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Breeding a new band of cowboys


WOULD you let yourself be operated on by a surgeon who had studied for less than two months? Or put your car into a garage where the chief mechanic was just weeks into the job?

Of course not. But members of the public are unwittingly putting their faith in an unqualified army of plumbers whose sole driving force is making a fast buck.

Plumbing - unlike the gas and electrical sectors - is not strictly regulated, which has created a haven for the get-richquick merchants.

Construction is crying out for new tradespeople. But for many the traditional route of learning a trade under a proper apprenticeship or studying for NVQ qualifications holds little appeal.

They would rather take a few short cuts and start earning as quickly as possible.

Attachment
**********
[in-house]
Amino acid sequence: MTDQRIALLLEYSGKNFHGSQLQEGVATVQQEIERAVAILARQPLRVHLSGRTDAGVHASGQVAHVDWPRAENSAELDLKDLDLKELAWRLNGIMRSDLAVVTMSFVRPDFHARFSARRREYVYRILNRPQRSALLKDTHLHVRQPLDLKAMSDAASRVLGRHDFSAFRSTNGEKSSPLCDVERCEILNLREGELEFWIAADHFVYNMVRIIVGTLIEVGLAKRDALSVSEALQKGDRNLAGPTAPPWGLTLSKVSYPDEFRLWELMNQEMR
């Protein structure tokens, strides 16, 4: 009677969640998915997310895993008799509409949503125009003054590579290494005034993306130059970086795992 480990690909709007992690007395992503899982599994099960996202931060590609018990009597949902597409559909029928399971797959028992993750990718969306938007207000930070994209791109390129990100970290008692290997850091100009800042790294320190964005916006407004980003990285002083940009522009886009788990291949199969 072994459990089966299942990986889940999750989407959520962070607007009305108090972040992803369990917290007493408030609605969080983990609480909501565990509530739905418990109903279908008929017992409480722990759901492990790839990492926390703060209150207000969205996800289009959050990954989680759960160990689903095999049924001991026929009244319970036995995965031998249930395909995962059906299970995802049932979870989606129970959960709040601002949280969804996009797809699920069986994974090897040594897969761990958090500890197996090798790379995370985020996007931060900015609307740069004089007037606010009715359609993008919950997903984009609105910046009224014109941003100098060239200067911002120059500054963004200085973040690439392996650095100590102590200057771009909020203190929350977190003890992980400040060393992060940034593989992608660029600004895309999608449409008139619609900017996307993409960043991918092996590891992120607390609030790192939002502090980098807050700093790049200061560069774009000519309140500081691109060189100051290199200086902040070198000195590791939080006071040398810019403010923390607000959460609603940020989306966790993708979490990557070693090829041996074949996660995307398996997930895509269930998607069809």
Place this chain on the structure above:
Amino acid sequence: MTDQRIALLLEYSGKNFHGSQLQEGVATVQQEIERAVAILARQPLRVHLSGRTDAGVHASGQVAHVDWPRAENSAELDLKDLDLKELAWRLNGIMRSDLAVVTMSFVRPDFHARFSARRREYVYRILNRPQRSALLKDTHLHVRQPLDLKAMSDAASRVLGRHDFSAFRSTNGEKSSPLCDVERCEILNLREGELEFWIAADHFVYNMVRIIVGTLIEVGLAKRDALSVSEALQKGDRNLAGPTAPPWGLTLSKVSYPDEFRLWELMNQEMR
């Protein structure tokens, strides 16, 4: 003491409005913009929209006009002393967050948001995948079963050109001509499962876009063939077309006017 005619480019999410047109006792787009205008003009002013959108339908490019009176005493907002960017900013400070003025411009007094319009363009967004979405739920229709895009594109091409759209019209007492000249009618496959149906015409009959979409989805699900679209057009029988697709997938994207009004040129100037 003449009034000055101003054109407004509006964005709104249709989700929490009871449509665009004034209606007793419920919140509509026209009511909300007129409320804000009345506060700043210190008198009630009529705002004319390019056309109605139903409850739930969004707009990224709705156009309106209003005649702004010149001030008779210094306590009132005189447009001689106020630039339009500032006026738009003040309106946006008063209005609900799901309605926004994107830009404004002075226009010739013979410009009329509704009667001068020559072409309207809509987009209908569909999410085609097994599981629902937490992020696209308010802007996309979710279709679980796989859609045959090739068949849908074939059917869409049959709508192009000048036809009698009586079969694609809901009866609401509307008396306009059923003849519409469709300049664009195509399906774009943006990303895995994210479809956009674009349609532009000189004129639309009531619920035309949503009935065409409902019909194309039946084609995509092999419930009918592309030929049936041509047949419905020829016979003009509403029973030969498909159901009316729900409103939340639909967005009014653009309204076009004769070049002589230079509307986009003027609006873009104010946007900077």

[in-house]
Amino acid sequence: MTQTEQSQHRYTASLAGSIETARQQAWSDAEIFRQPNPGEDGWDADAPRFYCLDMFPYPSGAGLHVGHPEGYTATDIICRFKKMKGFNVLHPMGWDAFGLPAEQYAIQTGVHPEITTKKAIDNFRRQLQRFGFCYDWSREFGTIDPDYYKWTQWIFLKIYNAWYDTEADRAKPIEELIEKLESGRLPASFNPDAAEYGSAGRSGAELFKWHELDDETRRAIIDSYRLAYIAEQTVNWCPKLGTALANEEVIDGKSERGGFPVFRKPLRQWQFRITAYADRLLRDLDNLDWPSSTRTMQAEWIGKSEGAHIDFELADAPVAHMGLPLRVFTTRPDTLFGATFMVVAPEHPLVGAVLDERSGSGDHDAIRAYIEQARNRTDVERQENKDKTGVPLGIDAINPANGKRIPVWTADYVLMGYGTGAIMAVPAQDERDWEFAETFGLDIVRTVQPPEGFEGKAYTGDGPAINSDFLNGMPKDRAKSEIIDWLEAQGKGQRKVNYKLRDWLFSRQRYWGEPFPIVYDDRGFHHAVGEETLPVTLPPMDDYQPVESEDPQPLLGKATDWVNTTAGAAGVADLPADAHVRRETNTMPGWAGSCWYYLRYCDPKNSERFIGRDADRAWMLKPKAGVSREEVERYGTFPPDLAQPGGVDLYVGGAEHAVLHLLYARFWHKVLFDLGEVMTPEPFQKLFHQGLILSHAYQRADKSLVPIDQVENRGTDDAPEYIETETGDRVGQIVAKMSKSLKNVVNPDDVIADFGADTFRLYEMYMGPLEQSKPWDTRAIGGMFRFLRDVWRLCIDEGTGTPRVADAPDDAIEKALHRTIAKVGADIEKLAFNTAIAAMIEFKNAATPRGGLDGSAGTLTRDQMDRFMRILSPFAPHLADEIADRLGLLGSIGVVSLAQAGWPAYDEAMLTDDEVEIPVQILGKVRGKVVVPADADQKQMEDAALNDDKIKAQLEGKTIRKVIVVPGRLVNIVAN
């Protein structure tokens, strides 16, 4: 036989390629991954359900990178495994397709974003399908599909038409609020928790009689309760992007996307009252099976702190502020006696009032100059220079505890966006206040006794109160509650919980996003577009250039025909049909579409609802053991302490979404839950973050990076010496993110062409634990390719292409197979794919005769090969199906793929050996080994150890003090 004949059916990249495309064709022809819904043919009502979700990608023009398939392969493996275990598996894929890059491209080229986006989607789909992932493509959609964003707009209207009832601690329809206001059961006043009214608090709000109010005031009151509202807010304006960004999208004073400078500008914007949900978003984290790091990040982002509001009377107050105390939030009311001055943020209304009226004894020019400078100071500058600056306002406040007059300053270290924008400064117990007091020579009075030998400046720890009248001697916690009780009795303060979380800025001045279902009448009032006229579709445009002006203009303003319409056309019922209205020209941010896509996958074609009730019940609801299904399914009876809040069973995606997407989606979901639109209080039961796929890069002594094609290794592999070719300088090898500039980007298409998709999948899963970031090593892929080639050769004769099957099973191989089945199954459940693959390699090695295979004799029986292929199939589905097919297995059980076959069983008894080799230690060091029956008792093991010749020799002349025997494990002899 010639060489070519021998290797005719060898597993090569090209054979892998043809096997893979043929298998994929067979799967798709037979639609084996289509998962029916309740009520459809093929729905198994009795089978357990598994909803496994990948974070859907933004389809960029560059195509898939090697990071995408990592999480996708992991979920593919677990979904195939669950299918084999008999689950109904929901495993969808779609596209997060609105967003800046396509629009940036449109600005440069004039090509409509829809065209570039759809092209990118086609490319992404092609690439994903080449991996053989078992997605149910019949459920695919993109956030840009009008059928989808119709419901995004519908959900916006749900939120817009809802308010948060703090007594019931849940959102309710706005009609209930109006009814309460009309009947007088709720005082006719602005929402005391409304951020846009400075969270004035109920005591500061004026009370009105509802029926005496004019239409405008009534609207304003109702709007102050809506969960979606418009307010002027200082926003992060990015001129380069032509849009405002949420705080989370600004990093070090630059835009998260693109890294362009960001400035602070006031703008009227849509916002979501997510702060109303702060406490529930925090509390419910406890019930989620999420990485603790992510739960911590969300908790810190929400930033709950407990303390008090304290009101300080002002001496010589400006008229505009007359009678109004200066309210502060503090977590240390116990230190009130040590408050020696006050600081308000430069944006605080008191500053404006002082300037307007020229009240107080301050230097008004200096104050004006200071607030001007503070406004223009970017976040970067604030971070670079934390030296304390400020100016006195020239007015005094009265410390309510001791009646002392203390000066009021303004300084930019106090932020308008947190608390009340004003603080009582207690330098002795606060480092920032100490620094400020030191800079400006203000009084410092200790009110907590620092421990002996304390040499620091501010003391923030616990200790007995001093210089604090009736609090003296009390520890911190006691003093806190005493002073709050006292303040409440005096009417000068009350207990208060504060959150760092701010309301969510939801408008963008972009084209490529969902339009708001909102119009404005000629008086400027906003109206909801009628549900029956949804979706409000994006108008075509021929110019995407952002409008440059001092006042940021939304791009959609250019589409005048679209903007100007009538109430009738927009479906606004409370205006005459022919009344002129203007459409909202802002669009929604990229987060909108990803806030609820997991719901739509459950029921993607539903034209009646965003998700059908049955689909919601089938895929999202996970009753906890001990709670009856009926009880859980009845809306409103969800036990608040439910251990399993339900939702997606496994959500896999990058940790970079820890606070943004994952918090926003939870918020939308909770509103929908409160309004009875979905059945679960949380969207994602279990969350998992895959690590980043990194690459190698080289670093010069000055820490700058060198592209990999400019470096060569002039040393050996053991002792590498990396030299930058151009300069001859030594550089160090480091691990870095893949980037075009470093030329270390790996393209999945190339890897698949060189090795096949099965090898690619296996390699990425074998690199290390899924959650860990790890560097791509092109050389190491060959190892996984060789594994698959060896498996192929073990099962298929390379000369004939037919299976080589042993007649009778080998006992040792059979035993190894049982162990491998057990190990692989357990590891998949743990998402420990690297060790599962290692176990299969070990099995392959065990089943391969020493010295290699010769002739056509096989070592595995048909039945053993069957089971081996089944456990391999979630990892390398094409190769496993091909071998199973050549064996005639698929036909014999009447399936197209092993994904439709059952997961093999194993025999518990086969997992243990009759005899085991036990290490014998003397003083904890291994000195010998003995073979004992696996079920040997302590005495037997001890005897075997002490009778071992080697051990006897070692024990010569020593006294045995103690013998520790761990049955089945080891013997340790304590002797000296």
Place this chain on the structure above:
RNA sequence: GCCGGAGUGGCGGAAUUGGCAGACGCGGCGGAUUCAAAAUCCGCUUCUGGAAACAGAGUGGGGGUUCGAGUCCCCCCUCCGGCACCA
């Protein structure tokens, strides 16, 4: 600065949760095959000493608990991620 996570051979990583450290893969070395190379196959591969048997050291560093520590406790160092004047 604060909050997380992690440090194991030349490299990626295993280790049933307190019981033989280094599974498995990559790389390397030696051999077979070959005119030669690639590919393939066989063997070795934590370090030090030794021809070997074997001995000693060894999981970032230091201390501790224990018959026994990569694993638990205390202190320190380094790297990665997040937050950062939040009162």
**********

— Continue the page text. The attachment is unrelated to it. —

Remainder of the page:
Why wait around for at least two years to learn to do the job properly when you can be up and running almost instantly?

A whole industry has now been created to magically transform someone who doesn't know one end of a wrench from the other into a proper plumber within weeks.

But the people spewing out of these fast-track lessons and correspondence courses aren't qualified tradespeople.

At best, they are talented DIYers. But at worst they pose a real danger to the public as they bumble around boilers and heating systems thumbing through their class notes.

The Government seems to be standing back while we 'train' a new generation of cowboys who will drag construction's image through the gutter once more.

Plumbing should be regulated like other sectors.

Being confident that someone is qualified before they start playing around with your pipes shouldn't be too much to ask.